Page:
All ethics were approved by the UCL/UCLH Joint Committees on the Ethics of Human Research Committee, and all participants provided written informed consent.
Consent for publication
Participants in this study gave consent to publish their data.
The authors declare that they have no competing interests.
Springer Nature remains neutral with regard to jurisdictional claims in published maps and institutional affiliations.
Video S1 Patient preparation. The patient lays on the scanner table to have surface vector-cardiogram electrodes attached and a phased array body coil positioned. The scanner table is then undocked and transferred to the preparation area outside the scanner room. Video S2 Vascular access. The venous sheath is inserted under local anaesthetic using either manual palpation or under ultrasound guidance. The patient is connected to an electrocardiogram (ECG) monitor and a blood pressure monitor during the sheath insertion to monitor for vasovagal events. Video S3 Drape wrap. The sterile drape is folded over onto the patient firstly from the operator side and subsequently from the opposite side of the table (the latter fold using the underside of the drape) in order to maintain sterility of the operating field. Video S4 Transfer to scanner. The patient is transferred back into the CMR scanner room. At the same time as vascular access is obtained, the side of the scanner and the inner curvature of the bore on the side of the operator (the side of venous access) are draped. A CMR-compatible non-invasive blood pressure cuff and a peripheral oxygen saturation finger probe are attached to the patient prior to being positioned inside the scanner bore. (MOV 18383 kb)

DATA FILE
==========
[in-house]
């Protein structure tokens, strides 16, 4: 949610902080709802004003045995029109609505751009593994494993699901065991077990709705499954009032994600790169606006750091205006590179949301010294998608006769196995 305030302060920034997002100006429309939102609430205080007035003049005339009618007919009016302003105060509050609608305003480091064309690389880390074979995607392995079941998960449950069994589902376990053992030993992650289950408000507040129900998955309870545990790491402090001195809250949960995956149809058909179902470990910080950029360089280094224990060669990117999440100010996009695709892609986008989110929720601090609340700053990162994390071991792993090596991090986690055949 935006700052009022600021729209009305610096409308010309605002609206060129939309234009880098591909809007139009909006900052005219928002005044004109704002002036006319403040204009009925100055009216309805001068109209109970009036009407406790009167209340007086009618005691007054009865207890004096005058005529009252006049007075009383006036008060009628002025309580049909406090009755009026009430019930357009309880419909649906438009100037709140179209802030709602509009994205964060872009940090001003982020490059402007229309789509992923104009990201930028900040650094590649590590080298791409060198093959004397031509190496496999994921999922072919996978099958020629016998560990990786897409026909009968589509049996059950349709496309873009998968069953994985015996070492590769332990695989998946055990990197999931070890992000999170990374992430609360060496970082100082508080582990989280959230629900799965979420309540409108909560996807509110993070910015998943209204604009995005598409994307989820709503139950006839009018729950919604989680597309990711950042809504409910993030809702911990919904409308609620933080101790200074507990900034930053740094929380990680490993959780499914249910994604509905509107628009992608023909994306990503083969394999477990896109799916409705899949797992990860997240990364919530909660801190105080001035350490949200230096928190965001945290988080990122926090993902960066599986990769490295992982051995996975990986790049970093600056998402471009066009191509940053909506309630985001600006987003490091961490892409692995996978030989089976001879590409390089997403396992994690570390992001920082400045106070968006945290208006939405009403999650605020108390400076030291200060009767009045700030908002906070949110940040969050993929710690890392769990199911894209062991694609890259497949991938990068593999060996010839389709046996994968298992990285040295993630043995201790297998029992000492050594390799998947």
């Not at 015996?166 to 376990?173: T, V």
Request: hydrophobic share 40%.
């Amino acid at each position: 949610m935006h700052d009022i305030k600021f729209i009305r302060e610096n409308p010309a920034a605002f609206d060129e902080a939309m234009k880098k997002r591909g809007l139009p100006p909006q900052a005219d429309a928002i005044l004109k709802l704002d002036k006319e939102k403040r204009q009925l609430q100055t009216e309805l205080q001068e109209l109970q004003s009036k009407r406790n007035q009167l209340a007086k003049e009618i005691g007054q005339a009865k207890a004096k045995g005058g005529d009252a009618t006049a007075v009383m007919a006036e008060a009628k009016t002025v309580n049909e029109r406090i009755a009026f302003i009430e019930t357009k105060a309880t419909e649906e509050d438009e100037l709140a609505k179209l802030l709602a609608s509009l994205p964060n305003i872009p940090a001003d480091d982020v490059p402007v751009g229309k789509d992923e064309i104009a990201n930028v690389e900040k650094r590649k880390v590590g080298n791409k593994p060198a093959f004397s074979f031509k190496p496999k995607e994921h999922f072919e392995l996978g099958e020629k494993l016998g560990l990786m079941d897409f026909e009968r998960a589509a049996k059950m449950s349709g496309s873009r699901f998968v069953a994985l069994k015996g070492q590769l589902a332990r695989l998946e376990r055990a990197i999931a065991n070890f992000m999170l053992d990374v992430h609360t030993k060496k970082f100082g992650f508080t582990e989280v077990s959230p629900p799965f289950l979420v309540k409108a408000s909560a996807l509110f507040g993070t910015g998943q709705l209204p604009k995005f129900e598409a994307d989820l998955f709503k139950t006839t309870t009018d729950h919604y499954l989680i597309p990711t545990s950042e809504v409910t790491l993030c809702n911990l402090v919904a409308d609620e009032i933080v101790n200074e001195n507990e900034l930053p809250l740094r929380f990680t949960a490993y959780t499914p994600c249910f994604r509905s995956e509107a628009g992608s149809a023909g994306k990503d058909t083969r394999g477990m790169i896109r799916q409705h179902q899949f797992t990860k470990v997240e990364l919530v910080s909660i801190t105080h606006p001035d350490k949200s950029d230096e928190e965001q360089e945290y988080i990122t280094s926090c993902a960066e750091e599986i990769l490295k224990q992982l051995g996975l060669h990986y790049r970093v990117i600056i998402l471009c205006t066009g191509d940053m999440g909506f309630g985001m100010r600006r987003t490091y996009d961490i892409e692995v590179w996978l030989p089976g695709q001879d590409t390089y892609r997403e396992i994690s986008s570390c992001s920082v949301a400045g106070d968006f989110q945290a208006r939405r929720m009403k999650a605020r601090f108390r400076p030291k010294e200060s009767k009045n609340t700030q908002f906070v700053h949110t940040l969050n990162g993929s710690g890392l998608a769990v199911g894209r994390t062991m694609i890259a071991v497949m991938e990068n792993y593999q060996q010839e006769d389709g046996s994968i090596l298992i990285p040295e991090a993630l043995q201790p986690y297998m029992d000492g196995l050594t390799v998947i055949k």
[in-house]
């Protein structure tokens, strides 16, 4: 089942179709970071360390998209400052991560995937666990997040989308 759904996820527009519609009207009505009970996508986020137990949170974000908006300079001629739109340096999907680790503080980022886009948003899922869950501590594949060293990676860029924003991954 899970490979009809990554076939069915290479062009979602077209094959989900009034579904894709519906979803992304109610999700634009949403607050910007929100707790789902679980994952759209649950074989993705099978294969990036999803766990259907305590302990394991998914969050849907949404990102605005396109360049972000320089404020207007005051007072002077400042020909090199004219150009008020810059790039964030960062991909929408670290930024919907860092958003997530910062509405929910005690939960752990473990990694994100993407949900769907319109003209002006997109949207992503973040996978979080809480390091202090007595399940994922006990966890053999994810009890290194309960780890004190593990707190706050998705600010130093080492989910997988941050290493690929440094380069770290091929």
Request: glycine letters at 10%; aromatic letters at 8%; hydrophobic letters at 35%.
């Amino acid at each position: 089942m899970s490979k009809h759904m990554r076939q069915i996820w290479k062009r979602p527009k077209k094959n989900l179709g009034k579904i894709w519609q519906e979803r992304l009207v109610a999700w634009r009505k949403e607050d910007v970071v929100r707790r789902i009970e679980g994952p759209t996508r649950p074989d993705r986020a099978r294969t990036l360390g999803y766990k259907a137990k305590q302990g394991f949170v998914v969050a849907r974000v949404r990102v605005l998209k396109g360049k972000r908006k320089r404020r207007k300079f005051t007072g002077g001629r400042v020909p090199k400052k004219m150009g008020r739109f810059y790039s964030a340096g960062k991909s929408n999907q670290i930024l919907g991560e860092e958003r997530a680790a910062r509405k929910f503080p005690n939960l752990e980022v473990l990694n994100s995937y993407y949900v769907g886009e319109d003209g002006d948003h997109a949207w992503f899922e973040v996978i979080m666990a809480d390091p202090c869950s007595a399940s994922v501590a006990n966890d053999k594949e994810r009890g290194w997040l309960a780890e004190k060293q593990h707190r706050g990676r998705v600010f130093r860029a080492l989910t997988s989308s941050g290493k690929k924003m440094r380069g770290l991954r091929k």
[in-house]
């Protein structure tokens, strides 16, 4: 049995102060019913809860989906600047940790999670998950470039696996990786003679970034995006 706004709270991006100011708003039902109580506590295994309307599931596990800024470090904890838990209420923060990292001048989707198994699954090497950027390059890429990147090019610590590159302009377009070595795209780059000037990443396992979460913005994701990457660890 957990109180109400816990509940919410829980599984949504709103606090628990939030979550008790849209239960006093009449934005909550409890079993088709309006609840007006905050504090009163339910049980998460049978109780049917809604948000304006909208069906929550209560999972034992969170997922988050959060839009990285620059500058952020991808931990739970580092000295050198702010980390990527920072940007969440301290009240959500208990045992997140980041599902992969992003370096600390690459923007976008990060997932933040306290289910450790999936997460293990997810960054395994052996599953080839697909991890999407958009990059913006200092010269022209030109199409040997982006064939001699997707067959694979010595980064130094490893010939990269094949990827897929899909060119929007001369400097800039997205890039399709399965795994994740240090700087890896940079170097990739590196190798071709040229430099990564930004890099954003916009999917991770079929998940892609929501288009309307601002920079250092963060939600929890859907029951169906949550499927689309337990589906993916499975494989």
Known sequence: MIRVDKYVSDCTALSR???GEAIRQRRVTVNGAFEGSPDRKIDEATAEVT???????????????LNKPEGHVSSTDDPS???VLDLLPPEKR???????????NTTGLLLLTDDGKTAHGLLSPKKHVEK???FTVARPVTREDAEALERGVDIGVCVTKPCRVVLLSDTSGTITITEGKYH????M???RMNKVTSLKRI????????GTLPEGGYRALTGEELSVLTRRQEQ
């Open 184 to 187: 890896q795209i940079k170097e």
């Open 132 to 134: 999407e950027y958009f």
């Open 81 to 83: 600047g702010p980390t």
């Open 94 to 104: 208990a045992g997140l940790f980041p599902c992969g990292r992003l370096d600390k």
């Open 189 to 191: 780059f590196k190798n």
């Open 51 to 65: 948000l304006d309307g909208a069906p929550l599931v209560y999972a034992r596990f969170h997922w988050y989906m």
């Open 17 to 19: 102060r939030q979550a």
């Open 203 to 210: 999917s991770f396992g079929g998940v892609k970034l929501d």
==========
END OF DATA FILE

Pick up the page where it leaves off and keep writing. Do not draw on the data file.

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Knight, D.S., Kotecha, T., Martinez-Naharro, A. et al. Cardiovascular magnetic resonance-guided right heart catheterization in a conventional CMR environment – predictors of procedure success and duration in pulmonary artery hypertension. J Cardiovasc Magn Reson 21, 57 (2019). https://doi.org/10.1186/s12968-019-0569-9
- Cardiovascular magnetic resonance imaging
- Interventional cardiovascular MR catheterization
- Pulmonary hypertension
- Right heart catheterization